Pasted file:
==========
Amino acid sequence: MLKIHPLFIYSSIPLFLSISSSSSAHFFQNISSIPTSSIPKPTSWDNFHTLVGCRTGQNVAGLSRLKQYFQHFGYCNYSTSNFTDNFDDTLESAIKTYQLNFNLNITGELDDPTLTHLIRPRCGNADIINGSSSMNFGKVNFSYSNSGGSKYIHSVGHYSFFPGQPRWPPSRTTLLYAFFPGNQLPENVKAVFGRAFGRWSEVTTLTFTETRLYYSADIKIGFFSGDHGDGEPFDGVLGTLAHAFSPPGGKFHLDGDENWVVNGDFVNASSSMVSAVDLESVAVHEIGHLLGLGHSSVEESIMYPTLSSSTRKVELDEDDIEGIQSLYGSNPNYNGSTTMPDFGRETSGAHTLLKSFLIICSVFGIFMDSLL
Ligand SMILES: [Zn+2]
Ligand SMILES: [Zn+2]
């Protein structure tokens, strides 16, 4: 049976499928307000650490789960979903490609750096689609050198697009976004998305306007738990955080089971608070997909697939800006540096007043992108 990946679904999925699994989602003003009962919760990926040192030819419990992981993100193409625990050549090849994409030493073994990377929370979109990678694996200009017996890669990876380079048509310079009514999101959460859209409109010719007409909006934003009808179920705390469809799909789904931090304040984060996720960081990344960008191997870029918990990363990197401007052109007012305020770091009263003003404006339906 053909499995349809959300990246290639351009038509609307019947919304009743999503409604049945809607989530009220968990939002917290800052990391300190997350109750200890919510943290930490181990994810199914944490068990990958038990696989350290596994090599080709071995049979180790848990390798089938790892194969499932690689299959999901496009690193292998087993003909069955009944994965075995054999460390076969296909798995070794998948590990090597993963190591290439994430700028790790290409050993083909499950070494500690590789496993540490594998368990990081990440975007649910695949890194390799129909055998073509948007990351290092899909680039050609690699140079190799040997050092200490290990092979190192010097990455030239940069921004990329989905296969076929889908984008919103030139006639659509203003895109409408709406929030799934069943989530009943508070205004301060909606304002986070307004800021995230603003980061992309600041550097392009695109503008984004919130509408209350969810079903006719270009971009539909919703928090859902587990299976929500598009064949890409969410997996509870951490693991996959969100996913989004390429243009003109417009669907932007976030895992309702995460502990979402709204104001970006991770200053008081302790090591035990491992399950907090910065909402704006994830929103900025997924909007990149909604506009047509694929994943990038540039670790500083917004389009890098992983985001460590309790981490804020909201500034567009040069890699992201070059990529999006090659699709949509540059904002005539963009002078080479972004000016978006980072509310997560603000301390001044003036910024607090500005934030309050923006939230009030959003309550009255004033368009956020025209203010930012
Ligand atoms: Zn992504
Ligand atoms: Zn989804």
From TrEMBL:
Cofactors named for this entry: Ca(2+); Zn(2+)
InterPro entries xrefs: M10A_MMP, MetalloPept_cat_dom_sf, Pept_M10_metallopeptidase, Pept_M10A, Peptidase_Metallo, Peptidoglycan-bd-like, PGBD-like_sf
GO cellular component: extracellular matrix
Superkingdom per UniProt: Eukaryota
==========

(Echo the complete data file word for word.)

Amino acid sequence: MLKIHPLFIYSSIPLFLSISSSSSAHFFQNISSIPTSSIPKPTSWDNFHTLVGCRTGQNVAGLSRLKQYFQHFGYCNYSTSNFTDNFDDTLESAIKTYQLNFNLNITGELDDPTLTHLIRPRCGNADIINGSSSMNFGKVNFSYSNSGGSKYIHSVGHYSFFPGQPRWPPSRTTLLYAFFPGNQLPENVKAVFGRAFGRWSEVTTLTFTETRLYYSADIKIGFFSGDHGDGEPFDGVLGTLAHAFSPPGGKFHLDGDENWVVNGDFVNASSSMVSAVDLESVAVHEIGHLLGLGHSSVEESIMYPTLSSSTRKVELDEDDIEGIQSLYGSNPNYNGSTTMPDFGRETSGAHTLLKSFLIICSVFGIFMDSLL
Ligand SMILES: [Zn+2]
Ligand SMILES: [Zn+2]
């Protein structure tokens, strides 16, 4: 049976499928307000650490789960979903490609750096689609050198697009976004998305306007738990955080089971608070997909697939800006540096007043992108 990946679904999925699994989602003003009962919760990926040192030819419990992981993100193409625990050549090849994409030493073994990377929370979109990678694996200009017996890669990876380079048509310079009514999101959460859209409109010719007409909006934003009808179920705390469809799909789904931090304040984060996720960081990344960008191997870029918990990363990197401007052109007012305020770091009263003003404006339906 053909499995349809959300990246290639351009038509609307019947919304009743999503409604049945809607989530009220968990939002917290800052990391300190997350109750200890919510943290930490181990994810199914944490068990990958038990696989350290596994090599080709071995049979180790848990390798089938790892194969499932690689299959999901496009690193292998087993003909069955009944994965075995054999460390076969296909798995070794998948590990090597993963190591290439994430700028790790290409050993083909499950070494500690590789496993540490594998368990990081990440975007649910695949890194390799129909055998073509948007990351290092899909680039050609690699140079190799040997050092200490290990092979190192010097990455030239940069921004990329989905296969076929889908984008919103030139006639659509203003895109409408709406929030799934069943989530009943508070205004301060909606304002986070307004800021995230603003980061992309600041550097392009695109503008984004919130509408209350969810079903006719270009971009539909919703928090859902587990299976929500598009064949890409969410997996509870951490693991996959969100996913989004390429243009003109417009669907932007976030895992309702995460502990979402709204104001970006991770200053008081302790090591035990491992399950907090910065909402704006994830929103900025997924909007990149909604506009047509694929994943990038540039670790500083917004389009890098992983985001460590309790981490804020909201500034567009040069890699992201070059990529999006090659699709949509540059904002005539963009002078080479972004000016978006980072509310997560603000301390001044003036910024607090500005934030309050923006939230009030959003309550009255004033368009956020025209203010930012
Ligand atoms: Zn992504
Ligand atoms: Zn989804």
From TrEMBL:
Cofactors named for this entry: Ca(2+); Zn(2+)
InterPro entries xrefs: M10A_MMP, MetalloPept_cat_dom_sf, Pept_M10_metallopeptidase, Pept_M10A, Peptidase_Metallo, Peptidoglycan-bd-like, PGBD-like_sf
GO cellular component: extracellular matrix
Superkingdom per UniProt: Eukaryota